Another memorable culinary experience was a sushi lunch at the Kaito Sushi Bar, a platter of nigiri, sashimi, maki and tempura, and even a vegan platter for my fish-averse friend. Thrown in was some spontaneous entertainment from an Indonesian waiter-cum-karaoke star with a voice that could take him to Hollywood.
The restaurant food in general was good. A fine choice for me was the Indian menu, which sported a delicious Goan fish curry and some interesting desserts.
The wine was South African but not the finest we have to offer. I don't know a single person who drinks a sweet rosé or a Drostdy Hof Extra Light White. C'est la vie.
The absolute highlight was arriving at Pomene, 600km north of Maputo, and being transported to the lagoon on a tender boat in the most efficient fashion.
What a stunning spot with its sun-kissed white beach fringed by casuarina and palm trees and a brilliant blue sea.
MSC arranges excursions such as quad-biking, snorkelling and paddling for the more active, but we decided to get an umbrella and hit the beach. It was super hot but it was a delight to plunge into the warm, effervescent ocean.
We bobbed in the swells for a few hours and then went off to the lapa for a braai lunch. We also did a spot of shopping from the local traders, who had set up bright stalls selling kangas and knick-knacks.
The Musica's daily menu of activities included quizzes, basketball, kids' games, bingo and even a belly-flop competition. One also got tidbits of information such as how fast one was travelling, how deep the Mozambique Channel was at certain points and how far from land we were. So never a dull moment.
I must mention the entertainment in the Teatro La Scala, a state-of-the-art theatre that could easily rival Montecasino's.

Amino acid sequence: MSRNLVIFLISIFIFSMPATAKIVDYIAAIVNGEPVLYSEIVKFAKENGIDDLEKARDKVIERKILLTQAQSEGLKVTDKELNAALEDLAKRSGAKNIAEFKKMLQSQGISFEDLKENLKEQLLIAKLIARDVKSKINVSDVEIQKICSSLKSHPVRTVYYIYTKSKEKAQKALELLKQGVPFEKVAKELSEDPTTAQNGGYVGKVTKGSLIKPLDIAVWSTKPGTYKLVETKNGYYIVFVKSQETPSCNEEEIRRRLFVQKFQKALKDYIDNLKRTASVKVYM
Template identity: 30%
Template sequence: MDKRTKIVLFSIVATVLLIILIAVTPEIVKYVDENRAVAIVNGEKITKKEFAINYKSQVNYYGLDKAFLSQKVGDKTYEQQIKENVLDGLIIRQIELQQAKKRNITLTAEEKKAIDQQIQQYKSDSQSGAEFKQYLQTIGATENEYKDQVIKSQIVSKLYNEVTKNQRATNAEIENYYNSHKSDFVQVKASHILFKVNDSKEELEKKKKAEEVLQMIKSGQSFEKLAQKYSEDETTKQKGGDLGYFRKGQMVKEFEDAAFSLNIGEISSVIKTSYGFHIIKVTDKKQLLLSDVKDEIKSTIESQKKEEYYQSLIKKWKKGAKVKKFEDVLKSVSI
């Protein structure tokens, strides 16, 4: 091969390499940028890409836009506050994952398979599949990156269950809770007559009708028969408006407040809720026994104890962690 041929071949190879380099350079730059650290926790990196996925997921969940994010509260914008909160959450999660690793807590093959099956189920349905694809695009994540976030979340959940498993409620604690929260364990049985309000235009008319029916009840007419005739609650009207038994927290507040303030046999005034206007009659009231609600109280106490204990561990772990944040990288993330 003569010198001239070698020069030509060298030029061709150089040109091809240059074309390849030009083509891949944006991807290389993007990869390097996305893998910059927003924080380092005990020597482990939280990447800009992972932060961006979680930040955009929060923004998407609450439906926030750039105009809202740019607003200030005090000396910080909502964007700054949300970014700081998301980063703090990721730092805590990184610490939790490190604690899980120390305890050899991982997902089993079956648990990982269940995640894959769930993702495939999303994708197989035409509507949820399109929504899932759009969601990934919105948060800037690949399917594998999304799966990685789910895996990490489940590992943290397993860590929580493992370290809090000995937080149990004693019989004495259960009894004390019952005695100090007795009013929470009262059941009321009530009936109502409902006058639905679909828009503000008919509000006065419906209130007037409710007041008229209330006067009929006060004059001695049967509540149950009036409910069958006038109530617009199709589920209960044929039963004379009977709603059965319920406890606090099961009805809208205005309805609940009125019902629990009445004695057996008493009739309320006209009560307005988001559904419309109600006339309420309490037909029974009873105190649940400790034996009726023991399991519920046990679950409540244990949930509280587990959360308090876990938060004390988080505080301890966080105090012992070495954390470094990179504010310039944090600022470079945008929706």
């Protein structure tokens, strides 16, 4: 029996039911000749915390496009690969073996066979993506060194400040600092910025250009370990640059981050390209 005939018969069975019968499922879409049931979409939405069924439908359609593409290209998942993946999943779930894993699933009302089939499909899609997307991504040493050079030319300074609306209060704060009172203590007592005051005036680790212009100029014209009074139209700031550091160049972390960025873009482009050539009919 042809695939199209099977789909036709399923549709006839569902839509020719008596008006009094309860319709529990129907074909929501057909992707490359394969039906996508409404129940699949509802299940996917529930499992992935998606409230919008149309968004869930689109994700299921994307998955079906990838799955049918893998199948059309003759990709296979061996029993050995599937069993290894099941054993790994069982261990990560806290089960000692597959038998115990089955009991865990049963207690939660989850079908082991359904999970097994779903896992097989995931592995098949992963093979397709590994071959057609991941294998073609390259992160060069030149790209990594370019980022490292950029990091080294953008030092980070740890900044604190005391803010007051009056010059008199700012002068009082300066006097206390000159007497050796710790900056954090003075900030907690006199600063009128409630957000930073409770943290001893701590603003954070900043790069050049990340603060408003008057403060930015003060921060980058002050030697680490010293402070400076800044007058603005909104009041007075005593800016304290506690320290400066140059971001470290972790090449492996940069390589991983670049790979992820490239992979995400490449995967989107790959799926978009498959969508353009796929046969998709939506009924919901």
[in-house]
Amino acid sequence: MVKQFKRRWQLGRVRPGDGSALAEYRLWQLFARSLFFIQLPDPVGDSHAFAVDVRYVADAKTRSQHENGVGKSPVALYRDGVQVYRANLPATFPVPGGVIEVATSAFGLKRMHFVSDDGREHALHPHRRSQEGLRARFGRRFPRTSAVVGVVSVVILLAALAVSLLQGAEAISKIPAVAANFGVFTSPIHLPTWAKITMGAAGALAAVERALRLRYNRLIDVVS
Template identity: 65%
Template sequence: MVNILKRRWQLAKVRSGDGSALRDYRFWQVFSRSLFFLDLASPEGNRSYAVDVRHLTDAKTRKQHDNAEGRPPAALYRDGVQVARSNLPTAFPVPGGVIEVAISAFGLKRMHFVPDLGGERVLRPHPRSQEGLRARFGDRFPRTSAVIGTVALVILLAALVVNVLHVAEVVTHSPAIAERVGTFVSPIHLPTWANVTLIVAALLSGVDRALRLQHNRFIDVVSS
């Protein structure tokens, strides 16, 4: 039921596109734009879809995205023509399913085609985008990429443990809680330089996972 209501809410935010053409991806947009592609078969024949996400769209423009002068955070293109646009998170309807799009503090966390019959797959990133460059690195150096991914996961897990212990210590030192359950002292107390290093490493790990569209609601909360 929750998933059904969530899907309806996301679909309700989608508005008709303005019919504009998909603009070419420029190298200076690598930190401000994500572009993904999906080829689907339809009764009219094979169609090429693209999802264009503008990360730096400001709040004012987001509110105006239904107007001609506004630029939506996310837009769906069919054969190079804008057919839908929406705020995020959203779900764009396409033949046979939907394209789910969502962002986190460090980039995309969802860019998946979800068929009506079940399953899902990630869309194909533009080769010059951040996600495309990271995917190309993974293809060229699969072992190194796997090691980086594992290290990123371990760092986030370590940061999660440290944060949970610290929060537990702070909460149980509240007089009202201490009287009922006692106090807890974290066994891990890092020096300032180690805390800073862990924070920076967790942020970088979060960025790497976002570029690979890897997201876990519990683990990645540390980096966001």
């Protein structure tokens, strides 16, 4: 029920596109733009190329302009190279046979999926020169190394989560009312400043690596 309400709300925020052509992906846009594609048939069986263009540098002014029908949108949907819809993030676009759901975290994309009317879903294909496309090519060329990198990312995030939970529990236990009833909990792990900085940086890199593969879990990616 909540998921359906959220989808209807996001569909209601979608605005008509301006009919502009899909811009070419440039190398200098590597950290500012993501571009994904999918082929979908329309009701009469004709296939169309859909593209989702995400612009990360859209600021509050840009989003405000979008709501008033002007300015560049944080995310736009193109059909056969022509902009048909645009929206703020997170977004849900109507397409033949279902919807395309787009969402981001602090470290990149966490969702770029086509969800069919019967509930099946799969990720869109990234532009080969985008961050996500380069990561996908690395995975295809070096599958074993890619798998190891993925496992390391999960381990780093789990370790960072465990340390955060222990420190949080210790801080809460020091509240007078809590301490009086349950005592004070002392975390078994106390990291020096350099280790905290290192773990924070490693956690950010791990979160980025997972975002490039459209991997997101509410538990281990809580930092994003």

On the night we attended, the "first brown magician" in SA, Mo Magic, put on a clever show using sleight of hand and mentalism. Unfortunately we could not get Mo to part with his secrets.
And after four nights on board, cabin fever had crept in and I wondered if Mo Magic could transport me back to land.
Cruising wasn't on my bucket list but it's a great, laid-back budget holiday for families, groups of friends, and even a vegan.
Bekes was a guest of MSC.
Q&A with food and beverage manager Paolo Testa
How many kitchens do you have on board?
We have four kitchens and the crew kitchen. We work 24 hours, especially in the bakery and on pastry. We are always on production, always working. For sure I don't work 24 hours. But we never stop.
How many meals do you prepare a day?
If we count just the basic meals of breakfast, lunch and supper that is about 9,000 dishes. Plus production for the buffet, which is open 20 hours from 6am to 2am. We serve approximately 18,000 to 20,000 dishes a day.
How many pizzas do you serve a day?
It depends. When we are on the island we serve about 260 pizzas. When we are on board and the ship is full it's close to about 300 pizzas. Big ones.
Ross Volk, the MD of MSC Cruises SA, explains the appeal of cruising thus: "People who cruise are driven by the destination - and that's the ship."
MSC's ships have a lot to offer in terms of variety, with several bars and entertainment options, he says.
Why you should cruise: You arrive on the ship and everything is provided. It's like checking into a five-star hotel. And the packages are affordable. The only extras you pay for are drinks.
Then there's the food: You can eat as much as you like, day or night, which offers great value. Various preferences are catered for, such as halaal and vegetarian. You can even order breakfast in your cabin.
Organised activities: These fill your days, and even if you come alone you will leave having made friends.
It's a great family holiday. For local cruises, kids under 18 sail free with their parents, if they stay in the same cabin. They only pay the mandatory service charges and port duties. Kids are also catered for with various activities and games.